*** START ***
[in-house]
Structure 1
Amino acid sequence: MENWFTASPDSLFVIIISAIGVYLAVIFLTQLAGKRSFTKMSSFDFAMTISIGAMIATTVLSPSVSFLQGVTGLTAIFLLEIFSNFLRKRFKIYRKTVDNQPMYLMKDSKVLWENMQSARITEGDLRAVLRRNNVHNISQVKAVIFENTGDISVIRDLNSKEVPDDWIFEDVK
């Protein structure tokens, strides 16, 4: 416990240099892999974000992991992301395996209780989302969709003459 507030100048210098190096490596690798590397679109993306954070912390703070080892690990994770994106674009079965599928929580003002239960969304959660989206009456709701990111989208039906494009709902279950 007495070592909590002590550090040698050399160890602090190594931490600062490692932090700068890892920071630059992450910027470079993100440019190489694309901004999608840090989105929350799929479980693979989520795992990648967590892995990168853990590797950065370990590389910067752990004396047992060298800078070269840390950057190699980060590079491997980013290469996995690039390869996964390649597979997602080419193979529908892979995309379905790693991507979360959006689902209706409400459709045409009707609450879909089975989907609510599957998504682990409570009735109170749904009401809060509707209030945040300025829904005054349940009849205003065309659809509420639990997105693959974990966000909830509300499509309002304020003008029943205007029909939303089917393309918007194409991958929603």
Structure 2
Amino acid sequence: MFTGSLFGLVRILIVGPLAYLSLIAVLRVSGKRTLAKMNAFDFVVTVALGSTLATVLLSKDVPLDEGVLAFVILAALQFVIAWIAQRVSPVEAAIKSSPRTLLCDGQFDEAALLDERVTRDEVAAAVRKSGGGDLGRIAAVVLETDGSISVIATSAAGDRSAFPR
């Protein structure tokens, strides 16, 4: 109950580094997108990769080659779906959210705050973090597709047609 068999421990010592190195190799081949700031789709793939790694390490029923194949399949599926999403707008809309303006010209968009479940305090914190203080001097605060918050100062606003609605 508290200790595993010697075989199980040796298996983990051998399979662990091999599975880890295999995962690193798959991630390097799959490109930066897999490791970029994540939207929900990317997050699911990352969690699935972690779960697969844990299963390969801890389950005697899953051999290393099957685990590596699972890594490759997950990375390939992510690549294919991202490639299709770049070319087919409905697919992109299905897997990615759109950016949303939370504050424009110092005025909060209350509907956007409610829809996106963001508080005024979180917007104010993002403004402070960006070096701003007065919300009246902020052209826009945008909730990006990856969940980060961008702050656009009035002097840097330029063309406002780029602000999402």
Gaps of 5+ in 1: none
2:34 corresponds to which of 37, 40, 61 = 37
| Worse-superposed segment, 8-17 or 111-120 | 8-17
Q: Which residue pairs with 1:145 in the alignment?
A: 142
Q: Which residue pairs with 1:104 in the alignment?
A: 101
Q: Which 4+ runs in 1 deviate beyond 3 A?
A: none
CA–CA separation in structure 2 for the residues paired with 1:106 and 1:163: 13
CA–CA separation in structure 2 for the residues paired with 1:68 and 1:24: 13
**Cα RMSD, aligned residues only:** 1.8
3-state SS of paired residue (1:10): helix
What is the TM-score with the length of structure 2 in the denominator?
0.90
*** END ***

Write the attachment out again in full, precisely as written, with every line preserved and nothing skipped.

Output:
[in-house]
Structure 1
Amino acid sequence: MENWFTASPDSLFVIIISAIGVYLAVIFLTQLAGKRSFTKMSSFDFAMTISIGAMIATTVLSPSVSFLQGVTGLTAIFLLEIFSNFLRKRFKIYRKTVDNQPMYLMKDSKVLWENMQSARITEGDLRAVLRRNNVHNISQVKAVIFENTGDISVIRDLNSKEVPDDWIFEDVK
């Protein structure tokens, strides 16, 4: 416990240099892999974000992991992301395996209780989302969709003459 507030100048210098190096490596690798590397679109993306954070912390703070080892690990994770994106674009079965599928929580003002239960969304959660989206009456709701990111989208039906494009709902279950 007495070592909590002590550090040698050399160890602090190594931490600062490692932090700068890892920071630059992450910027470079993100440019190489694309901004999608840090989105929350799929479980693979989520795992990648967590892995990168853990590797950065370990590389910067752990004396047992060298800078070269840390950057190699980060590079491997980013290469996995690039390869996964390649597979997602080419193979529908892979995309379905790693991507979360959006689902209706409400459709045409009707609450879909089975989907609510599957998504682990409570009735109170749904009401809060509707209030945040300025829904005054349940009849205003065309659809509420639990997105693959974990966000909830509300499509309002304020003008029943205007029909939303089917393309918007194409991958929603």
Structure 2
Amino acid sequence: MFTGSLFGLVRILIVGPLAYLSLIAVLRVSGKRTLAKMNAFDFVVTVALGSTLATVLLSKDVPLDEGVLAFVILAALQFVIAWIAQRVSPVEAAIKSSPRTLLCDGQFDEAALLDERVTRDEVAAAVRKSGGGDLGRIAAVVLETDGSISVIATSAAGDRSAFPR
């Protein structure tokens, strides 16, 4: 109950580094997108990769080659779906959210705050973090597709047609 068999421990010592190195190799081949700031789709793939790694390490029923194949399949599926999403707008809309303006010209968009479940305090914190203080001097605060918050100062606003609605 508290200790595993010697075989199980040796298996983990051998399979662990091999599975880890295999995962690193798959991630390097799959490109930066897999490791970029994540939207929900990317997050699911990352969690699935972690779960697969844990299963390969801890389950005697899953051999290393099957685990590596699972890594490759997950990375390939992510690549294919991202490639299709770049070319087919409905697919992109299905897997990615759109950016949303939370504050424009110092005025909060209350509907956007409610829809996106963001508080005024979180917007104010993002403004402070960006070096701003007065919300009246902020052209826009945008909730990006990856969940980060961008702050656009009035002097840097330029063309406002780029602000999402």
Gaps of 5+ in 1: none
2:34 corresponds to which of 37, 40, 61 = 37
| Worse-superposed segment, 8-17 or 111-120 | 8-17
Q: Which residue pairs with 1:145 in the alignment?
A: 142
Q: Which residue pairs with 1:104 in the alignment?
A: 101
Q: Which 4+ runs in 1 deviate beyond 3 A?
A: none
CA–CA separation in structure 2 for the residues paired with 1:106 and 1:163: 13
CA–CA separation in structure 2 for the residues paired with 1:68 and 1:24: 13
**Cα RMSD, aligned residues only:** 1.8
3-state SS of paired residue (1:10): helix
What is the TM-score with the length of structure 2 in the denominator?
0.90